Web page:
Pomanders: An Old-Time Christmas Decoration

Dec 8, 2015

The thing I like most about being a Parks Canada heritage presenter is that I get to share stories.

One of my favorite stories to tell is about what Christmas used to be like for children living at Fort Wellington 200 years ago. With this Club Parka activity, children can create their own Christmas craft — just like it was done in the 19th century! (You see, helping with decorations is one of the jobs that children would do (besides helping with the cooking).) 

Cirtus fruits used to be imported from faraway countries and they were very expensive. Since the fruit would take weeks to get to North America by ship, a lot of the fruit would spoil.

These clove-studded orange ornaments, called pomanders, would've been a good way to use bad fruit. 

To this day, pomanders are still a great craft for kids! They smell amazing — perfect for a holiday gift or scented decoration.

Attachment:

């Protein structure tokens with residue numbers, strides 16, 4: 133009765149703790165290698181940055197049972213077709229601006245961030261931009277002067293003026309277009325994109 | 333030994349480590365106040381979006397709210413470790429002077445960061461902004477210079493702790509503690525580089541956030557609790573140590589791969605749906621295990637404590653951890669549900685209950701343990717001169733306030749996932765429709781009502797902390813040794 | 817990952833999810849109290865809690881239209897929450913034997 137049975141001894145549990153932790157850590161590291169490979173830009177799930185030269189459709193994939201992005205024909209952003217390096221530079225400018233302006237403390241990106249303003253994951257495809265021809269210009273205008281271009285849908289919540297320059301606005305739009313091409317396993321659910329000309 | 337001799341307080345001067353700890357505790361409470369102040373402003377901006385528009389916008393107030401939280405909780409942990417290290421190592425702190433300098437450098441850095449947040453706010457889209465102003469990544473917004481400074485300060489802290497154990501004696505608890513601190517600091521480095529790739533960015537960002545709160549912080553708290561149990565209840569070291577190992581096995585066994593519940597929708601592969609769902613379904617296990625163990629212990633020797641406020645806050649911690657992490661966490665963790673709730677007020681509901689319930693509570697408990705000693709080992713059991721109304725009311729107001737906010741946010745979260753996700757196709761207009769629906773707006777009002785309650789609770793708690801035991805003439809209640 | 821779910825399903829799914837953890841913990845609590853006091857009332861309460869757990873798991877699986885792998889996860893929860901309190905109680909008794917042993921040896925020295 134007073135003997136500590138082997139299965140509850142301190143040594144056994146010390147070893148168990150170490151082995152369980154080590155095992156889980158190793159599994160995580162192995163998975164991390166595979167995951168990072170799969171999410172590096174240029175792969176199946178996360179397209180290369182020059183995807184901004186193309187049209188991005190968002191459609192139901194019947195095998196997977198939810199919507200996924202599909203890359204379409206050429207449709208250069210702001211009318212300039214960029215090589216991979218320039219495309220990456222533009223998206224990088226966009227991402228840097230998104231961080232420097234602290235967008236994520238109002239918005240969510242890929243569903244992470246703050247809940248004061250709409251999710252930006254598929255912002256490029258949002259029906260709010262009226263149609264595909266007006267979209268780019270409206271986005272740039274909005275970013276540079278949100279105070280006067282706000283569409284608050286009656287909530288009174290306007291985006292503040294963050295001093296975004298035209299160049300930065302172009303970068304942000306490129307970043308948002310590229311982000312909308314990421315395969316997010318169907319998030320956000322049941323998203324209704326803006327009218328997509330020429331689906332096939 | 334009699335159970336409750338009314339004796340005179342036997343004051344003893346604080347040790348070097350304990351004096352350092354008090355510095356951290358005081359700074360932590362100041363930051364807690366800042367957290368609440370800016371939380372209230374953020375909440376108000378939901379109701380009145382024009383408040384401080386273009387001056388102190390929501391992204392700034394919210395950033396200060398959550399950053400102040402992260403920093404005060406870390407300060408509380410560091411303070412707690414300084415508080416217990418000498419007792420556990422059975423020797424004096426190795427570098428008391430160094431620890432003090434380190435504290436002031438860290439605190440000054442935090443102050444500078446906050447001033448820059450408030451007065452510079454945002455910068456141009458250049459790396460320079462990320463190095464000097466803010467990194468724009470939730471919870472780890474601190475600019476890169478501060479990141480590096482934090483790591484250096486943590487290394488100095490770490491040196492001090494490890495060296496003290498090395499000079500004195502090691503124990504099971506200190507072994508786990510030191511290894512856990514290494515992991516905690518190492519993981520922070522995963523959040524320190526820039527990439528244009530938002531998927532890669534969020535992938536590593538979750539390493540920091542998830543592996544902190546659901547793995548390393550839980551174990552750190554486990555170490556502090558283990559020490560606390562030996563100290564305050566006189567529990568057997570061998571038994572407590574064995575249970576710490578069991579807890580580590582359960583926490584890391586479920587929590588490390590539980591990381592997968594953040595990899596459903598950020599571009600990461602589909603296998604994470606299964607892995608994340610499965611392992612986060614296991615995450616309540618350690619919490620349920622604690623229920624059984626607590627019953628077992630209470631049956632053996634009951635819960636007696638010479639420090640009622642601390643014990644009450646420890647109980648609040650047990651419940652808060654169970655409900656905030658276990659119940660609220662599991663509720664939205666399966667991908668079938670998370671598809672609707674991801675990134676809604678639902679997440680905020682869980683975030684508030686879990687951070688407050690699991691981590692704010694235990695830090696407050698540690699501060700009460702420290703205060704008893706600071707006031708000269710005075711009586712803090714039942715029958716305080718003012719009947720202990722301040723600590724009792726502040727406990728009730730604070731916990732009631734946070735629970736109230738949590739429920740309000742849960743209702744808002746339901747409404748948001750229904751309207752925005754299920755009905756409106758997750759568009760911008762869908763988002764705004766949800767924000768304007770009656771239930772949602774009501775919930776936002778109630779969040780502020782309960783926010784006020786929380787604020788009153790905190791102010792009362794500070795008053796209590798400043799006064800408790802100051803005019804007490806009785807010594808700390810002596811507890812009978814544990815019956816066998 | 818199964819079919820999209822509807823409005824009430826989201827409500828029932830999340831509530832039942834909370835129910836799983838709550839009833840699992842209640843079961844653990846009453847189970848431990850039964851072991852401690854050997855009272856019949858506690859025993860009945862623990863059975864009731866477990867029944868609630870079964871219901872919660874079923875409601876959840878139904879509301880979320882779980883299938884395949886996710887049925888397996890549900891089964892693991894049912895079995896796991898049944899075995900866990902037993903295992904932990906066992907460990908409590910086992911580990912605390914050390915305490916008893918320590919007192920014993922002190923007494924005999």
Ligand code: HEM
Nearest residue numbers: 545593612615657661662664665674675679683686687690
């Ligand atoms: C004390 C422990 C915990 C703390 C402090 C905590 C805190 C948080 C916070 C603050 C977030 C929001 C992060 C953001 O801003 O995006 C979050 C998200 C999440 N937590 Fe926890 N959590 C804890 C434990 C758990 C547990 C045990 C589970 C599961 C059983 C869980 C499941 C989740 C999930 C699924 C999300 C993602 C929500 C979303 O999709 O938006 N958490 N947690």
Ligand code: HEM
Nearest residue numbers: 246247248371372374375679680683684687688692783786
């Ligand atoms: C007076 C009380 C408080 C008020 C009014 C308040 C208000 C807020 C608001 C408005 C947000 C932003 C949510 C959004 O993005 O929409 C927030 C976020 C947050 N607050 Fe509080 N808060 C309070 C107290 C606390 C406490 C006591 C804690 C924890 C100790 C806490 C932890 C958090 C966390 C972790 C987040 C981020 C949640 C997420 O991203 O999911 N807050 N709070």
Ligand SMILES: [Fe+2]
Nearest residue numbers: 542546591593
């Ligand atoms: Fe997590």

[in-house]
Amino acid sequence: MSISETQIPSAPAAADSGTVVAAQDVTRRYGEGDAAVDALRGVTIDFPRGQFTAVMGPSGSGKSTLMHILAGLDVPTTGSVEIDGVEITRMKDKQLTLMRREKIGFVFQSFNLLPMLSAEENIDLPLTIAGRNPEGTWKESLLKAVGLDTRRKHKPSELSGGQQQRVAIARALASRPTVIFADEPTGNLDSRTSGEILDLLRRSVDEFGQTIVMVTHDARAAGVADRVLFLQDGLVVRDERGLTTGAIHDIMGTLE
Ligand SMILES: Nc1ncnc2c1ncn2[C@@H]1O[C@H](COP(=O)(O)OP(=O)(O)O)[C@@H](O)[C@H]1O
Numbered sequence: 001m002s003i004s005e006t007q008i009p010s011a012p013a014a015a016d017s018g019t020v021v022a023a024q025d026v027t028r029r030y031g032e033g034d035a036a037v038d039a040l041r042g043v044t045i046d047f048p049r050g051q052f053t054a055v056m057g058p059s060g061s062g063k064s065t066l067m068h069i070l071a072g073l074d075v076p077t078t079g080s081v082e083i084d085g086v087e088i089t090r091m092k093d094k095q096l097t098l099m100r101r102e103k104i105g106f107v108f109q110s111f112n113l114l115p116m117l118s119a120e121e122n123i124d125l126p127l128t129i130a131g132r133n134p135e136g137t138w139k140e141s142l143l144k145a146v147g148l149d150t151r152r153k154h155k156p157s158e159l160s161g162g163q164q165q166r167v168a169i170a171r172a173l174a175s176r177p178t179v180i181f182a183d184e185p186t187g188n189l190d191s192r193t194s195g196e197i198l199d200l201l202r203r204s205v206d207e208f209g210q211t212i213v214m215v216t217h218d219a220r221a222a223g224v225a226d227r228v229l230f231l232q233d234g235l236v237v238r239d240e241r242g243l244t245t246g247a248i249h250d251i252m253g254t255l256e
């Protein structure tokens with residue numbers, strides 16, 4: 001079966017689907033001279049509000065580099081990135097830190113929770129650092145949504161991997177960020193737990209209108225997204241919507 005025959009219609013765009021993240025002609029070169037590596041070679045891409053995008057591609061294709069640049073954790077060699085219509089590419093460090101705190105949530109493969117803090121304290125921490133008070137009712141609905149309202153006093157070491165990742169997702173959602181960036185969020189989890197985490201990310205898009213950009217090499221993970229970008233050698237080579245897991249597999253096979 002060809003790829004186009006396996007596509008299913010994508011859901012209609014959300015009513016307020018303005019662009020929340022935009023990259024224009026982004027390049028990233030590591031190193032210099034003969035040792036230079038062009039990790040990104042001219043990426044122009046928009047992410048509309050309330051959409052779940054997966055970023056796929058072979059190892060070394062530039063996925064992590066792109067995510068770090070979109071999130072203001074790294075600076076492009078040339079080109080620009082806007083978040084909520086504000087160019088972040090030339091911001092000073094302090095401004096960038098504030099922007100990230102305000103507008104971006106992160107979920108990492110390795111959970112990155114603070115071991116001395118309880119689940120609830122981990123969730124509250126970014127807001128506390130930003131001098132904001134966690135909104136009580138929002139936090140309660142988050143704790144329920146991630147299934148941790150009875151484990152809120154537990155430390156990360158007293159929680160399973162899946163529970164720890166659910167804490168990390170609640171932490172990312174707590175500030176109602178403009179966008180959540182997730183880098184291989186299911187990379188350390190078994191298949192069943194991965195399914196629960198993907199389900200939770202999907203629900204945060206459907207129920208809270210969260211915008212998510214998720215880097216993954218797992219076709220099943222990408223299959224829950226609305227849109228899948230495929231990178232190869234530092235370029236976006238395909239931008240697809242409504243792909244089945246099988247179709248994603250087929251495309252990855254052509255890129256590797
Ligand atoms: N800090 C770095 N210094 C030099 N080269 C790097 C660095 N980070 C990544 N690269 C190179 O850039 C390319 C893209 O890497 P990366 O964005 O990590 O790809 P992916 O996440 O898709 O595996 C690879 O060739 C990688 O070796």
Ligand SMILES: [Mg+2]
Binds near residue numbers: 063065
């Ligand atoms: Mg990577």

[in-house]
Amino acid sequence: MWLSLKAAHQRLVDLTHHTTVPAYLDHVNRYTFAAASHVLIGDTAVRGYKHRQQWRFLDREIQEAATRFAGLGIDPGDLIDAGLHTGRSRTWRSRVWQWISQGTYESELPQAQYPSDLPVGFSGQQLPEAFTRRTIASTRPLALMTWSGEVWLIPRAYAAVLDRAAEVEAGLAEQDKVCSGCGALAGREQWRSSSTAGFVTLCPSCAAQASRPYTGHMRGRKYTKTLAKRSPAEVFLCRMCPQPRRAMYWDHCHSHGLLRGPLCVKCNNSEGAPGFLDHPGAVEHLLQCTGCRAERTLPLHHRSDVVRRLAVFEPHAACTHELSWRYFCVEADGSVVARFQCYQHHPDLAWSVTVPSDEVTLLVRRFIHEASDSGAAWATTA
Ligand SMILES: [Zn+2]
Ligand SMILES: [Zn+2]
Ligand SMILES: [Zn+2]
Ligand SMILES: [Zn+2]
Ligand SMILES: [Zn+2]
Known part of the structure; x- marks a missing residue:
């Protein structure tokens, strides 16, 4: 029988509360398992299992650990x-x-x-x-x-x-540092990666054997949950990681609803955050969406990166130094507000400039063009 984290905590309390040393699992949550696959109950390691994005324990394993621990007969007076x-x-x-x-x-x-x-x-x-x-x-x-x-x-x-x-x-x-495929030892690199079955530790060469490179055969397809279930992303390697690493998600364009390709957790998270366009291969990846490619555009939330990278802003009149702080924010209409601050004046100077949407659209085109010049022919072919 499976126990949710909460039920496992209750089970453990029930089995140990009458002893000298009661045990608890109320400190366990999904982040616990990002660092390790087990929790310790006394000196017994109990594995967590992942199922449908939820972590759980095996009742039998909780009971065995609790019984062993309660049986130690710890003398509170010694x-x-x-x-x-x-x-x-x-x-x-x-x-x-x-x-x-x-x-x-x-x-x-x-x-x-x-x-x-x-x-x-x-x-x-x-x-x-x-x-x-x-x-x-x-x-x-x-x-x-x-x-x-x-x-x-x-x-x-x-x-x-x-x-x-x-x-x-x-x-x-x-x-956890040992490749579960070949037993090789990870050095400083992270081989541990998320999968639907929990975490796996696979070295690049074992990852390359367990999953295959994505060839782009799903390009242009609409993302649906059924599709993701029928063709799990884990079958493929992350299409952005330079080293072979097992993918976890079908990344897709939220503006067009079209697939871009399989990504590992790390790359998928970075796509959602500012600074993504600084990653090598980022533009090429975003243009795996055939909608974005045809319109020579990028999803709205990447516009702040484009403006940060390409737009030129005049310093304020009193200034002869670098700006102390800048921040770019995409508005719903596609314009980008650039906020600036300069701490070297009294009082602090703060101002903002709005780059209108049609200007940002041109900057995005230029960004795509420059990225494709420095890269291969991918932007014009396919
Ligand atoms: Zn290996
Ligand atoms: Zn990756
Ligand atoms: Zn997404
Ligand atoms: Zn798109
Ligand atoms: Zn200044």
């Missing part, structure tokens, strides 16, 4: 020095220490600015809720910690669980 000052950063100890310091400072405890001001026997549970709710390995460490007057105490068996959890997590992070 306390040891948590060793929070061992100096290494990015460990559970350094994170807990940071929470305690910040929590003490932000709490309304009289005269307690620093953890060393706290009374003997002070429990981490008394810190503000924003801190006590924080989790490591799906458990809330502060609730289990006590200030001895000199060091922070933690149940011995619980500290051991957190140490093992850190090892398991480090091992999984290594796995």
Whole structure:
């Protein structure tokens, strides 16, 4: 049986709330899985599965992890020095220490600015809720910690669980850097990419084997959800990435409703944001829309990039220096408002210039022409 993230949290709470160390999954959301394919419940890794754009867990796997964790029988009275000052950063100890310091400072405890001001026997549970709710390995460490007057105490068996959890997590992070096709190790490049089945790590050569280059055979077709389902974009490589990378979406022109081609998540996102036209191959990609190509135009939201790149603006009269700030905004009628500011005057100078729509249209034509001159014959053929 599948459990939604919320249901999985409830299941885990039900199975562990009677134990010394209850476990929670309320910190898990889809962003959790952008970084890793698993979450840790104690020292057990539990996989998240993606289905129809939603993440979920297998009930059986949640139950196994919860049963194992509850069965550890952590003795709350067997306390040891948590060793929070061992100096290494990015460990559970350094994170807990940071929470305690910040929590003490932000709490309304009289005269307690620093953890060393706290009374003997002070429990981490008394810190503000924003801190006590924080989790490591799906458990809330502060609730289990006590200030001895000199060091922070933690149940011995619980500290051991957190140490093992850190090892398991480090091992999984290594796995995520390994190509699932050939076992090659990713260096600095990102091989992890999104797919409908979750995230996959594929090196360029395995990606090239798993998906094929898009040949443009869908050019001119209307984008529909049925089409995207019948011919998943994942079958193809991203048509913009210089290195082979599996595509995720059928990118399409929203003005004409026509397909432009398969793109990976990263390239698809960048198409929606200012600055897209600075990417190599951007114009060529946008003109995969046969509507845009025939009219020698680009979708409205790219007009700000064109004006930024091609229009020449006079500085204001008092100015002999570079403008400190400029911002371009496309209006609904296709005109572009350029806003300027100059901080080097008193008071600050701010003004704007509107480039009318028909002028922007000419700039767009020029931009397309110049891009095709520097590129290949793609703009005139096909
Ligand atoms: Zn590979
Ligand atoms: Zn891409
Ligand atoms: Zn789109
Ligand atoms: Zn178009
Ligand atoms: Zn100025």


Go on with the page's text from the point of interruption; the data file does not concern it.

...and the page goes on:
You Will Need:

  • something with a pointed tip (e.g. letter opener)
  • oranges or other citrus fruits
  • cloves
  • marker
  • ribbon (optional)

Supplies for orange pomanders.


1. Draw small dots to mark where you would like to put cloves in your fruit. 

Three oranges with designed drawn on them.

2. Younger kids will need an adult to help with this step: poke each hole with the tip of the letter opener.

3. Insert one clove into each of the holes.

Oranges studded with cloves.

4. If you'd like, tie a ribbon around your pomander.

5. Place your pomander on a plate to decorate your Christmas table!

A pomander centrepiece.

With this craft, you've created a beautiful decoration while spending time together! For families at Fort Wellington, spending time together was the best part about Christmas.

Your house now looks (and smells) like a Victorian Christmas!

Leslie MacPherson is an interpreter at Fort Wellington National Historic Site.

Article Author Club Parka, Parks Canada
Club Parka, Parks Canada

Read more from Parks Canada here.

Club Parka is a Parks Canada program for preschoolers at national parks and historic sites across the country. Kids can take part in the program online, too!

Visit to download activity pages and get to know Parka, the busy little beaver who helps kids explore the world around them.

You can watch Parka weekday mornings on CBC TV following each episode of Chirp.

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